The sound of silence

Perhaps the most impressive demonstration at Demofall 07, being held this week in San Diego, came from one of the youngest entrepreneurs in attendance. Twenty-four-year-old Michael Callahan, a recent graduate of the University of Illinois, Champaign-Urbana, attended the conference as part of a group of three young innovators identified by the Kauffman Foundation.

During panel discussion with these young entrepreneurs, a departure from the usual one-company-at-a-time-for-six-minutes Demo format, Callahan stood silently staring at his computer, wearing a sensor placed against his neck, and made the computer speak for him. The technology, which he calls Audeo, as reported in Spectrum's automation blog, requires the user to think about talking without moving his lips or using his breath, and translates the neurological signals into speech. Callahan, and his new company, Ambient, expect the first customers for this technology to be people with ALS or other disabilities that inhibit speech; that product will be out in about a year. Down the line, Callahan expects the Audeo technology to migrate into the consumer market and enable silent communication with computers and videogames.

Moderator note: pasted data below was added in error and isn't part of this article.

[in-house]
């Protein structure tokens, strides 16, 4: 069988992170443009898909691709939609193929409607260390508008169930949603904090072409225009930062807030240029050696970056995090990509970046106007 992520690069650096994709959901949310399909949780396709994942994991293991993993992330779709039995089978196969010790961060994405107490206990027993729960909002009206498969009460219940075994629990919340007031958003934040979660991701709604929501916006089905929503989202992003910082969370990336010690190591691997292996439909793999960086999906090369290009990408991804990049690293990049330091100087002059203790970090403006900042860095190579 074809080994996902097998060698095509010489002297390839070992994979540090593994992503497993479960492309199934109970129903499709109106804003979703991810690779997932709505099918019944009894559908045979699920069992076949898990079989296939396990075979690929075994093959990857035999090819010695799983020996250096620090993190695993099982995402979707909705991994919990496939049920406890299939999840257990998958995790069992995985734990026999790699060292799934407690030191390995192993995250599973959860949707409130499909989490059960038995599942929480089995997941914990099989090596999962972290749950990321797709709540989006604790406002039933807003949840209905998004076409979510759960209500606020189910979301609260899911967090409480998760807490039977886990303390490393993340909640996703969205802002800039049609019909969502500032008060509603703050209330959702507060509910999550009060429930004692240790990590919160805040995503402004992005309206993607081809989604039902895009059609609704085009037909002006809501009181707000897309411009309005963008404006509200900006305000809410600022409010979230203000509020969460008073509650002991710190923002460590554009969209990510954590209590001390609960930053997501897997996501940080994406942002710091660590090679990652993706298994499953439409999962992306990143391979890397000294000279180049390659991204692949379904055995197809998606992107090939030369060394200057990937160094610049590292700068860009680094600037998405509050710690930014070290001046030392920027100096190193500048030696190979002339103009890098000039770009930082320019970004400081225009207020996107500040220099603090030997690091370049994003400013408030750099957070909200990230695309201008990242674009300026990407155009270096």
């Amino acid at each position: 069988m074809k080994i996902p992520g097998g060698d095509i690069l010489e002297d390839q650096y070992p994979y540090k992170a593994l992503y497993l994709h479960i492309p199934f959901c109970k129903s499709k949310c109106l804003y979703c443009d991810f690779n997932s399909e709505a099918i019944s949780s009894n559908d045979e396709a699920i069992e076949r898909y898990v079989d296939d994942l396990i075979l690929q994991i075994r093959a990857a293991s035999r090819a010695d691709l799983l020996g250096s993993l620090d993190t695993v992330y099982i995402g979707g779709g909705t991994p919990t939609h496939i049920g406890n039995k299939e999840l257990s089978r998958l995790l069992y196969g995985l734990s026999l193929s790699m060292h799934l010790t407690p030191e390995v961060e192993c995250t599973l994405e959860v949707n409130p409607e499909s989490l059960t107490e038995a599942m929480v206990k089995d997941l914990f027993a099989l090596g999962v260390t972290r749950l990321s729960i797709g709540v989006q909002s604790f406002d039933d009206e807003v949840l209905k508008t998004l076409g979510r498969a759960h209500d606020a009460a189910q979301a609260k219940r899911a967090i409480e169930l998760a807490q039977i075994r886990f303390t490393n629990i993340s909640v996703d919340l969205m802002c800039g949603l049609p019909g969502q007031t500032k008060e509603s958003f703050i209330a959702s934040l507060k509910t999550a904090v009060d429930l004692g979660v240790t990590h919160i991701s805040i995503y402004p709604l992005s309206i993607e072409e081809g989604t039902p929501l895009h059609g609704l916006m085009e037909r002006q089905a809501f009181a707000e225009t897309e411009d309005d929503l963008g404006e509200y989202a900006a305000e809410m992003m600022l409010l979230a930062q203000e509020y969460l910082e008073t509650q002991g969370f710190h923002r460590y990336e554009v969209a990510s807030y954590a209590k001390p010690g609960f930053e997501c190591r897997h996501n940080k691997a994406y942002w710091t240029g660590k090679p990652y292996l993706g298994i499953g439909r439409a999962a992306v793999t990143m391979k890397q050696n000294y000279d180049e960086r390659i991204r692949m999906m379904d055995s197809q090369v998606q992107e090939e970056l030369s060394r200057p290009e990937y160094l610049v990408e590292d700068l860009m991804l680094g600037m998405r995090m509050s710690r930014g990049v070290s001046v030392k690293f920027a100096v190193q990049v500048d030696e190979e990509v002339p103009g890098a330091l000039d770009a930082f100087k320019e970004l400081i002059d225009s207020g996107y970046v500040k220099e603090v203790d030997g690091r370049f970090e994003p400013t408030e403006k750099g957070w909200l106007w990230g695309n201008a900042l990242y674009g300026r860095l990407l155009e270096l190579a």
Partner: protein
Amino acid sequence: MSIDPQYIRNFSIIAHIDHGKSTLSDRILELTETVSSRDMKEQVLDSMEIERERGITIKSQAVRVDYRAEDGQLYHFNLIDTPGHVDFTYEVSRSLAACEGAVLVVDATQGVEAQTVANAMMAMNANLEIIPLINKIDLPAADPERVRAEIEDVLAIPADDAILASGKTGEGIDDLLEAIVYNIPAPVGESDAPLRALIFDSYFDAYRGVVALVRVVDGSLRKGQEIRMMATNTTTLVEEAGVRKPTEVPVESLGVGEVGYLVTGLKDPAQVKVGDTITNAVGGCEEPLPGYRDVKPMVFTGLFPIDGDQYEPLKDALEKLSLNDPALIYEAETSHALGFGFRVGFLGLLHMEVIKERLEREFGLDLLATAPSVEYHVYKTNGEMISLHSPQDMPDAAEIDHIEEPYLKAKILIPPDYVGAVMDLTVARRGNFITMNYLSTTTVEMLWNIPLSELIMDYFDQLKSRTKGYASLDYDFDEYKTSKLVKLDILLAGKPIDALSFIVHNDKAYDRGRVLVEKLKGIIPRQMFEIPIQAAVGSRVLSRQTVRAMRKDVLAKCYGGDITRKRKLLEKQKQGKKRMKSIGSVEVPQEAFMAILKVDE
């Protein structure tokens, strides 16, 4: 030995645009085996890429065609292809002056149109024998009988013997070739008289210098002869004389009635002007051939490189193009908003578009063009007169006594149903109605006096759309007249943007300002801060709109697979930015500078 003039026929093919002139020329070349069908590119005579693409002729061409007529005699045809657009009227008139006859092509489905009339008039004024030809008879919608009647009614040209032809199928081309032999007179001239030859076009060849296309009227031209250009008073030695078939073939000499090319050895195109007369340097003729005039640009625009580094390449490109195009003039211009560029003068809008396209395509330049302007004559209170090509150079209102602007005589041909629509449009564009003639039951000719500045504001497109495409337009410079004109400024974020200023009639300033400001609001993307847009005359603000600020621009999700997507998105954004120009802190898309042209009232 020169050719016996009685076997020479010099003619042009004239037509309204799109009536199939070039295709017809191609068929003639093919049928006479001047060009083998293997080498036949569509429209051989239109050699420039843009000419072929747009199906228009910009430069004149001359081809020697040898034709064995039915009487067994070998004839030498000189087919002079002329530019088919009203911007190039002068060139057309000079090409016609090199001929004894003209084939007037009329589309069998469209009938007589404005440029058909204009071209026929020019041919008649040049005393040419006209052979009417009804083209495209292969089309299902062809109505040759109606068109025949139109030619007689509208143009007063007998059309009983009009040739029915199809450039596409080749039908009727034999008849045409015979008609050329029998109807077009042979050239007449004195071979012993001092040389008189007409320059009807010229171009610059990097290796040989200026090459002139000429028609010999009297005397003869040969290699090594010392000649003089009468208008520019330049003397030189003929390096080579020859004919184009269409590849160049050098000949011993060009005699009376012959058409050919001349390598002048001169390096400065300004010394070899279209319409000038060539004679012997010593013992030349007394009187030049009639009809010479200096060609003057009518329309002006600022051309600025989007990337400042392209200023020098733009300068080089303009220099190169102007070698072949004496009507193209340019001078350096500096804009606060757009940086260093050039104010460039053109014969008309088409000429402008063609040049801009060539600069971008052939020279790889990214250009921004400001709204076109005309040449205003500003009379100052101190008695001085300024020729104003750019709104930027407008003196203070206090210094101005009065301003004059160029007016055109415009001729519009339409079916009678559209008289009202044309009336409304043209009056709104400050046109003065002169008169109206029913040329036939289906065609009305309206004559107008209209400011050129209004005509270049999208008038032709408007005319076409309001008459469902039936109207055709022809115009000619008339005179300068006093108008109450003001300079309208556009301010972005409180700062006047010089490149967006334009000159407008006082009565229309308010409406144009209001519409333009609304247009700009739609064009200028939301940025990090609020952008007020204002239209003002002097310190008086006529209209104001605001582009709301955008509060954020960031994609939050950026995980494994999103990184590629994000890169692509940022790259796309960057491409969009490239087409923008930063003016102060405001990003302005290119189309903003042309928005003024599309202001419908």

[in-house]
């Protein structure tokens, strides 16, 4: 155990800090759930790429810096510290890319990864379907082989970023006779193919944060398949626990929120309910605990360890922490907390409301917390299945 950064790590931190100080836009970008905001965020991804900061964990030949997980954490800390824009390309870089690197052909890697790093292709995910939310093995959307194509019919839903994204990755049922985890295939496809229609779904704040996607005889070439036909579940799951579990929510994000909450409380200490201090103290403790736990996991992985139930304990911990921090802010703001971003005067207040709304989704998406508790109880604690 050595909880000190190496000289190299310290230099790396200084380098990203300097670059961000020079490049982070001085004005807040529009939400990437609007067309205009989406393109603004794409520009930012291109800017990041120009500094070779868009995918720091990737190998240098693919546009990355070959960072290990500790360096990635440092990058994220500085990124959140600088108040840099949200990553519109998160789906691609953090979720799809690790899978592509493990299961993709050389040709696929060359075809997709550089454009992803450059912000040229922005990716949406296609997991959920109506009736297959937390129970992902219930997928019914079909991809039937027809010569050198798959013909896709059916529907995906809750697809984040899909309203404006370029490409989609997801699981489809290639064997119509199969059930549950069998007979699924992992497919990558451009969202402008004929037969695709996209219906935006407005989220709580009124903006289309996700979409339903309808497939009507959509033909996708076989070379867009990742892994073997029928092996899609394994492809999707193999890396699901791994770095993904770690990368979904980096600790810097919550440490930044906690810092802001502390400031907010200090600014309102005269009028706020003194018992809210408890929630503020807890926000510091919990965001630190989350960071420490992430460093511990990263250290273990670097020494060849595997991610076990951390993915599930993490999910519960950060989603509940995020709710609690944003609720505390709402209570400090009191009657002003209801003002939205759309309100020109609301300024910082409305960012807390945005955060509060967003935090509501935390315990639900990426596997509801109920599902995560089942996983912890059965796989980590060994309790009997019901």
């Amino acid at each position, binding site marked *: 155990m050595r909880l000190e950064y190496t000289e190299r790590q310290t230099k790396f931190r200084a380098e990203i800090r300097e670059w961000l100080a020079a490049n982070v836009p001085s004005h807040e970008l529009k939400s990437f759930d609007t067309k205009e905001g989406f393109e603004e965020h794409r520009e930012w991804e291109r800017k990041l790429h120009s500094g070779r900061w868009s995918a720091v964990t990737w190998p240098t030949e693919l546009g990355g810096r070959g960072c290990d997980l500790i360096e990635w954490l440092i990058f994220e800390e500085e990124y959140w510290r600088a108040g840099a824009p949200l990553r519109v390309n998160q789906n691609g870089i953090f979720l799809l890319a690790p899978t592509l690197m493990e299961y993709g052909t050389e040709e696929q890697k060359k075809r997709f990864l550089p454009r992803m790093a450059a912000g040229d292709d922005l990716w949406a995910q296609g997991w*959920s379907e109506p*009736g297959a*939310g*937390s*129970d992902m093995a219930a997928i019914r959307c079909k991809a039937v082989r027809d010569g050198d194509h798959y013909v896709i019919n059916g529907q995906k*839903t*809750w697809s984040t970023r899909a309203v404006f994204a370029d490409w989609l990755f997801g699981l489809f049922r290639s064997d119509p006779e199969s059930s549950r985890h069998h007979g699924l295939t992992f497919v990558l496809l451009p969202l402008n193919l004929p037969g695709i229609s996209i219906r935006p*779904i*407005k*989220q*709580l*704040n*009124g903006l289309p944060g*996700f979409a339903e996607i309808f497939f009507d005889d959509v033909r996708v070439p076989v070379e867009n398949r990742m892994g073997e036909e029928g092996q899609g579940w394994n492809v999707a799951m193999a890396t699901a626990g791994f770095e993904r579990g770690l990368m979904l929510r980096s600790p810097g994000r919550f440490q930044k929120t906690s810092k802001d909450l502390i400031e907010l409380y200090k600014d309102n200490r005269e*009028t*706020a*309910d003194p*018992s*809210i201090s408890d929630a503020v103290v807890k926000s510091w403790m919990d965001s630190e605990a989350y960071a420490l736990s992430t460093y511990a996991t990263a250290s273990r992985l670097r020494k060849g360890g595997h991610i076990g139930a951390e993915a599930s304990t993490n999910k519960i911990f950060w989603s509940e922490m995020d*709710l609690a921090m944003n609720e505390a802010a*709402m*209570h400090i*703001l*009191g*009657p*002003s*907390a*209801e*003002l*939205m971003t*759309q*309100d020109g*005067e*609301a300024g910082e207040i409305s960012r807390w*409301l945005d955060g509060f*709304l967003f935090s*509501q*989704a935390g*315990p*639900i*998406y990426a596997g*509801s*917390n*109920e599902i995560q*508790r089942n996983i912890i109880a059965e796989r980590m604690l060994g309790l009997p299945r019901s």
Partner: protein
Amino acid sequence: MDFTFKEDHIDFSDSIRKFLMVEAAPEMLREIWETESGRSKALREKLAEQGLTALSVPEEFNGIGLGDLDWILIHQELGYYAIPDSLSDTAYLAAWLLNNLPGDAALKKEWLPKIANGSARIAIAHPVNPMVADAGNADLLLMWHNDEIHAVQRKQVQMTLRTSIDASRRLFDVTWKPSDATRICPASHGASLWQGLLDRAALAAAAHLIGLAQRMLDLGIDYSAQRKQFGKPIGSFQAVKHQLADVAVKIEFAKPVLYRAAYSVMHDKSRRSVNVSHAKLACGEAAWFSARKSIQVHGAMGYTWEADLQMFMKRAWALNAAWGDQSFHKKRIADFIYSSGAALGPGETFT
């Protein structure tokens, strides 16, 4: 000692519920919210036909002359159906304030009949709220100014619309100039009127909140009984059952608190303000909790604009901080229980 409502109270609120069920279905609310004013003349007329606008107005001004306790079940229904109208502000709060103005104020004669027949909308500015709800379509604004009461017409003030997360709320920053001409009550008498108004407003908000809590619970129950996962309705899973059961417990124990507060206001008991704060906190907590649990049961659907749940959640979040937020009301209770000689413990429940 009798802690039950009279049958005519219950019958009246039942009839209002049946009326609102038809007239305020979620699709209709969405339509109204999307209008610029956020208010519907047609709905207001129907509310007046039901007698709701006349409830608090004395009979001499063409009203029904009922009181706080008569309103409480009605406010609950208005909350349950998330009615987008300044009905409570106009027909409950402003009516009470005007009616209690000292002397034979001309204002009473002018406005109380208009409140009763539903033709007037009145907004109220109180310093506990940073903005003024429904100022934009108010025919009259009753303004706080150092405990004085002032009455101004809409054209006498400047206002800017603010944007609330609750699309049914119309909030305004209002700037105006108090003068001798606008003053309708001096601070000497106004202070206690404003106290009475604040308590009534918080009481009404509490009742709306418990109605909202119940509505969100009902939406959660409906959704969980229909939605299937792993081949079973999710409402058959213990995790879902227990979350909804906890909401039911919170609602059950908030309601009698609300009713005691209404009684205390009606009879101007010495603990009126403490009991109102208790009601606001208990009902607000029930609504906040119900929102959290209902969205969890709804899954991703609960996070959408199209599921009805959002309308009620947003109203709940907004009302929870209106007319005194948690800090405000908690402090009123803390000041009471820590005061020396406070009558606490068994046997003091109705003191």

While Callahan may be young to lead a start-up effort, heâ''s been heading down this road for a long time. Years ago he set a goal of starting a company before he turned 30, he reported. And the thought sensing aspect? Well, back in preschool, Callahan recalls, â''At nap time, I didnâ''t want to just lay there like a dead fish, I wanted to do things. So I asked my friend next to me, â''tell me if you can hear this.â''â'' Callahan tried talking to his friend in his head, and was pleased to find out that his friend could hear nothing, which meant he was free to think all he wanted without disturbing anyone.

And now he can talk to his computer without talking. Or typing.

Next for Callahan? Ultimately, he told the audience of entrepreneurs, press, and venture capitalists, he wants to develop a technology that can transfer human memory directly into a handheld device.

And no one blinked. Callahan is one innovator that this crowd, at least, will be watching.


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